Published daily by the Lowy Institute

De Lima’s arrest will test Duterte’s opposition

Will the Philippine Liberal Party now stand up for Leila de Lima and act as an opposition party?

Photo: Getty Images/Bloomberg
Photo: Getty Images/Bloomberg
Published 1 Mar 2017 

The arrest last Friday of Senator Leila de Lima as part of Philippine President Rodrigo Duterte's war on drugs is the latest escalation in the decade-old battle of wills between Duterte and de Lima that long pre-dates their respective elections to national office in May 2016.

The arrest, along with Duterte's general conduct in his rancorous battle against de Lima since his inauguration last June, represents the failing of three important political tests, all to do with the Duterte administration, and the straining of a fourth, to do with the Liberal Party. The results of this last test may be the most important for the remaining years of Duterte's single six-year term.

The first failed test is a presidential one. Duterte did not rise above his personal animus towards de Lima and her decision to use her role as chair of the Senate Committee on Justice to investigate the conduct of the his crusade-like war on drugs. Philippine presidents have been frequently criticised for using and misusing the powers of their office to pursue political vendettas against their opponents. The Duterte-de Lima battle since June 2016 may well be the best post-Marcos example of this presidential proclivity. In August 2016, during the campaign to have de Lima removed from the Senate Justice Committee, Duterte publicly recommended that de Lima consider killing herself over her alleged links to the drug trade.

The second failed test is a legislative one. The legislative branch is supposed to be a co-equal branch of government that acts as a check on the misuse of presidential powers. However, both the Senate and the House of Representatives have aided and abetted the President in his personal battle against de Lima. Soon after the Senate Justice Committee began hearings into the conduct of the war on drugs, the Senate voted 16-4 (with four abstentions and absences) in September to remove de Lima (a former Secretary of Justice and head of the Commission on Human Rights) as Chair and replace her with Senator Richard Gordon. Gordon then immediately stopped these hearings. In the same vein, this Monday the Senate voted to demote four senators who had questioned the arrest of de Lima.

In December, the House of Representatives launched an ethics investigation targeting de Lima that featured House Majority Speaker Pantaleon Alvarez (who was instrumental in convincing Duterte to run for president) publicly supporting the airing of a 'sex tape' allegedly involving de Lima. This move was strongly and successfully opposed by a cross-party coalition of female politicians.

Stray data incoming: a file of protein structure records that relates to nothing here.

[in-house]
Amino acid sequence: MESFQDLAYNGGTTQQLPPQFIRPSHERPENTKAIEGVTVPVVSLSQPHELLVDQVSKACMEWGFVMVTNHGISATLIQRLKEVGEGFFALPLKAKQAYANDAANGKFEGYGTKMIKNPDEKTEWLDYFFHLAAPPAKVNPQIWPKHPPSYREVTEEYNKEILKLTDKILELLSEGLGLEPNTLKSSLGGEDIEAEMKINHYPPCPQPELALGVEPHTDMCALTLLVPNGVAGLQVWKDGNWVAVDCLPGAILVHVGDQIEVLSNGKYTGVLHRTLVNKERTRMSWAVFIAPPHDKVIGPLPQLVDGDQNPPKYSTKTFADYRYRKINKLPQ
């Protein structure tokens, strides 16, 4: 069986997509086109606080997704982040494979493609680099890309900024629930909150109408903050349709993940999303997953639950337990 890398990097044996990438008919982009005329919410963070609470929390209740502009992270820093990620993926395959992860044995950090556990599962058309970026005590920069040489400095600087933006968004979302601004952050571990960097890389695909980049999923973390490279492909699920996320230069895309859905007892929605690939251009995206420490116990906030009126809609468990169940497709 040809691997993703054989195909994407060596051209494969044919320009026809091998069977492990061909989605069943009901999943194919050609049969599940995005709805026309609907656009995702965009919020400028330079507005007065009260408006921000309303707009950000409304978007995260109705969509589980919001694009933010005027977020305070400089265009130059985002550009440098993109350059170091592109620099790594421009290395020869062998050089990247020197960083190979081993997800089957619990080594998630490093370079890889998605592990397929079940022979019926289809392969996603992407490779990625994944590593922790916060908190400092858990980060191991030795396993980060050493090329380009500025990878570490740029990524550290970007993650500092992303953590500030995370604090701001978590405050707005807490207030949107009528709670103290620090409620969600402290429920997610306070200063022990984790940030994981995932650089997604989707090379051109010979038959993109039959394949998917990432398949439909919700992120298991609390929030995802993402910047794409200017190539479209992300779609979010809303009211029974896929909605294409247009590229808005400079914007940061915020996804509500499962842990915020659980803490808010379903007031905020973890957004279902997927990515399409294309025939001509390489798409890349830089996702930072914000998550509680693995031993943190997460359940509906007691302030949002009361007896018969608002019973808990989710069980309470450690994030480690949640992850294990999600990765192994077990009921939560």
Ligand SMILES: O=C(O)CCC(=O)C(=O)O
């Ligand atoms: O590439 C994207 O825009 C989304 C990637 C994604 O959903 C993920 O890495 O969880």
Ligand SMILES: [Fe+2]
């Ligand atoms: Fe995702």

The third failed test is a ministerial one. The Secretary of Justice Vitaliano Aguirre III is a close friend, law school classmate and fraternity 'brod' of the president. His conduct as secretary in relation to investigation of de Lima's alleged links to the drug trade are coming under growing media and political scrutiny. He was the admitted source of the 'sex tape' that has been widely derided as fake. A leaked Bureau of Corrections memo implicates Aguirre in providing special treatment in prison to criminals who testified against de Lima. Aguirre publicly accused, with no proof provided, one former and one sitting politician of paying witnesses to recant their testimonies implicating de Lima. Senators have criticised Aguirre's speech during a pro-Duterte rally last Saturday when he repeatedly asked the crowd who they wanted jailed after de Lima.

The final test is one for the Liberal Party. Will it now stand up for its elected member behind bars and act as an opposition party? The Liberal Party in Congress and Vice-President Leni Robredo from the Liberal Party chose to try to work with President Duterte, despite his growing attacks on the party and its historical legacy. The Liberal Party, shorn of many of its members who opted after the election to switch to President Duterte's PDP-Laban Party, joined the PDP-Laban-led super majority in the House of Representatives. Liberal Party senators also joined the PDP-Laban-led majority in the Senate. Two senators who had run on the Liberal Party slate even voted in September with the majority to force de Lima to step down as chair of the Justice Committee, while another abstained.

The four senators demoted on Monday (who voted against de Lima's removal as chair in September) now have agreed to form an opposition bloc in the Senate with de Lima and Senator Antonio Trillanes, another harsh critic of the president. Vice-President Robredo, banned via third-party text message from Cabinet meetings in December for disloyalty, is also taking a clearer position in opposition to the Duterte administration. If the Liberal Party can act against the stereotype of Philippine political parties as feckless and empty, then some good could come out of the Duterte-de Lima battle. If the Liberal Party fails this test, then checks on presidential powers will again likely come from outside the political system.

You may also be interested in